Network disaster recovery planning: A service opportunity

Comprehensive network disaster recovery planning includes anticipating, preparing for and recovering from a variety of potential disasters. Learn how to help customers with this vital effort by offering a range of network disaster recovery planning services.

Service provider takeaway: Value-added resellers (VARs) and systems integrators can widen their customer base by offering vital network disaster recovery planning services.

Fires, floods, hurricanes and terrorist attacks can cripple the networks that businesses small and large depend on. VARs and systems integrators can tap this business opportunity by helping customers plan for network disasters and recover from the unforeseeable. In this first tip in a two-part series on network disaster recovery planning, we look at the types of services you can offer customers. In the next tip, we'll introduce related products.

Network disaster recovery planning requires much more than customizing a generic document. You can apply the breadth of your experience to help customers:

  • Scope the range and likelihood of disaster types.
  • Evaluate the potential impact and severity of possible events.
  • Create comprehensive disaster plans.
  • Put in place ongoing procedures to prepare for disasters.
  • Determine how to recover from disasters.

Anticipating disasters

An incident affecting network connectivity can be as simple as a hardware failure or as catastrophic as an earthquake. The problem is, most businesses only consider natural disasters when planning their network disaster recovery efforts. Draw on your range of customer experience to point out potential disasters that are less likely to be considered and to help estimate the likelihood of events. Begin by presenting to customers a generic network disaster plan that outlines the full range of risks. Explain and weigh potential risks that are not immediately apparent. For example, wide area network (WAN) links can go down when a service provider's equipment fails, a line is cut when someone digs in the wrong place or a natural event such as an earthquake occurs. Internal networks fail when switches or routers malfunction.

Customers who have migrated to VoIP must also take into account the risk of losing voice communications. Public carriers have taken seriously the responsibility for maintaining voice communications and have historically maintained high levels of reliability. Your plan must provide a way to maintain voice communication. For some customers, leaving a few public carrier lines in place is sufficient. For others, more complex solutions may be required.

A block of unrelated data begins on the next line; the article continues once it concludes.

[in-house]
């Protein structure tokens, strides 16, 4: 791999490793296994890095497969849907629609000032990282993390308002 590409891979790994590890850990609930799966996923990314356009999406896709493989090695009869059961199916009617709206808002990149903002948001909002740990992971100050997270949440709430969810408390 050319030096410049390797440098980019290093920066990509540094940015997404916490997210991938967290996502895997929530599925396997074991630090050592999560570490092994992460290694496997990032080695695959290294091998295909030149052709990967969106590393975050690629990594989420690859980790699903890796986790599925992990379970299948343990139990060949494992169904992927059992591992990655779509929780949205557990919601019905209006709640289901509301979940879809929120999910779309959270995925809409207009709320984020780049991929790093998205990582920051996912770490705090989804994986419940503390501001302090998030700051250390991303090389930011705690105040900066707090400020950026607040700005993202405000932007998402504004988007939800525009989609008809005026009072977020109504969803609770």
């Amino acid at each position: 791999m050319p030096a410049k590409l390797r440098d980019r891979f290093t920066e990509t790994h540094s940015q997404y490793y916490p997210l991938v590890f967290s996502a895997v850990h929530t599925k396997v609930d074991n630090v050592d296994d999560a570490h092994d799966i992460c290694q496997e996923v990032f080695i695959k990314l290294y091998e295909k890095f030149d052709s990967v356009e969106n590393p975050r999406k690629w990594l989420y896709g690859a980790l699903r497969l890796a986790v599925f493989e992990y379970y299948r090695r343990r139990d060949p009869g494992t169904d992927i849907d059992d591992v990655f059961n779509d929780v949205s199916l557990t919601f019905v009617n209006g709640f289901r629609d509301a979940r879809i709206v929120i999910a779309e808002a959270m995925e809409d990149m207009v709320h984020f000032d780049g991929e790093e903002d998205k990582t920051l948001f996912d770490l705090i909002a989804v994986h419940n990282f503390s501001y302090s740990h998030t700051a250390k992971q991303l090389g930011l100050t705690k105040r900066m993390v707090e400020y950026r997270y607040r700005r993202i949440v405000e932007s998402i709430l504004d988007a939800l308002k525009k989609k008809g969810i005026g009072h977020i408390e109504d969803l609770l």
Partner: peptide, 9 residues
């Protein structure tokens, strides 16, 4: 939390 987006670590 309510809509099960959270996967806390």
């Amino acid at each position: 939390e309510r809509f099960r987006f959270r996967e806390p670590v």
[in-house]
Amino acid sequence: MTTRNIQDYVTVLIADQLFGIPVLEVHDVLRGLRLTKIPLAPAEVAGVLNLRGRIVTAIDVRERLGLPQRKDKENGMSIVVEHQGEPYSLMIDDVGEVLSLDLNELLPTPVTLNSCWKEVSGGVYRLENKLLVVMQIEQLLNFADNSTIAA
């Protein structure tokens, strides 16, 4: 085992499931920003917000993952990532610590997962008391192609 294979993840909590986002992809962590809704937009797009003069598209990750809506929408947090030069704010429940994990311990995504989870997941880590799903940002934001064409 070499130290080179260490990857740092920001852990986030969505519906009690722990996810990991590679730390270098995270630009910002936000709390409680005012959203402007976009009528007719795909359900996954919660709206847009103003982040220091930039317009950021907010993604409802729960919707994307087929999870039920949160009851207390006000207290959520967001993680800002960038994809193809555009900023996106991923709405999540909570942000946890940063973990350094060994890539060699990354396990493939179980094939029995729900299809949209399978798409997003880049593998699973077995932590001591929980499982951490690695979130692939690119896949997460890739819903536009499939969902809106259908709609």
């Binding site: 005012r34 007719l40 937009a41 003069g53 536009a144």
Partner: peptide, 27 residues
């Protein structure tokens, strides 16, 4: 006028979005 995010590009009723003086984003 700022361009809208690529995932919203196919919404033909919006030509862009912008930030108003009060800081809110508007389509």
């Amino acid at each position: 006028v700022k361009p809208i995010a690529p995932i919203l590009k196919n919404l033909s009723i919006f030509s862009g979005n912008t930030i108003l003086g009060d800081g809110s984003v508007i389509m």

Network disaster recovery plans and procedures

Work with your customer to create appropriate network disaster recovery plans and procedures. Help identify vulnerabilities by using your knowledge of your customer's business and its network, as well as your professional expertise, in these key areas:

  1. LAN recovery
  2. Local area network (LAN) recovery requires accurate and up-to-date network documentation. The first step in preparing to deal with an outage is creating accurate documentation if it's not already available. As you work with your customer, suggest a detailed network audit to bring documentation up to date. Include in your plan a procedure to ensure that every future change is documented.

  3. Web backup
  4. Backup Web servers are a must for customers who depend on a Web site for revenue. Suggest contracting with more than one network service provider to ensure that switchover occurs immediately and automatically in the event of a failure. If your customer relies on a Web hosting service, make sure that the service provides adequate backup or suggest that your customer contract with more than one hosting service.

    On the other hand, if your customer's Web site can be down for a few days without serious consequences, do not expend as much effort and expense to protect it.

  5. Data backup
  6. Data backup is essential. Work with customers to create and implement appropriate procedures. For some customers, an end-of-day backup is sufficient, with data entered on the day of the failure easily replaced without serious consequences. In businesses with zero tolerance for data loss, remote disk mirroring may be required. In any case, put in place a procedure to confirm that backups are actually occurring and backup media can be read.

Disaster recovery services

You can play a vital role in assisting customers as they recover from a disaster. Knowledge gained while creating the plan and putting procedures in place enables you to help in any way required. That may mean quickly supplying replacement network hardware, reloading backups or even moving some processing to your own facility while repairs are made.

About the author
David B. Jacobs of The Jacobs Group has more than 20 years of networking industry experience. He has managed leading-edge software development projects and provided consulting to Fortune 500 companies as well as software startups.


This was first published in January 2008

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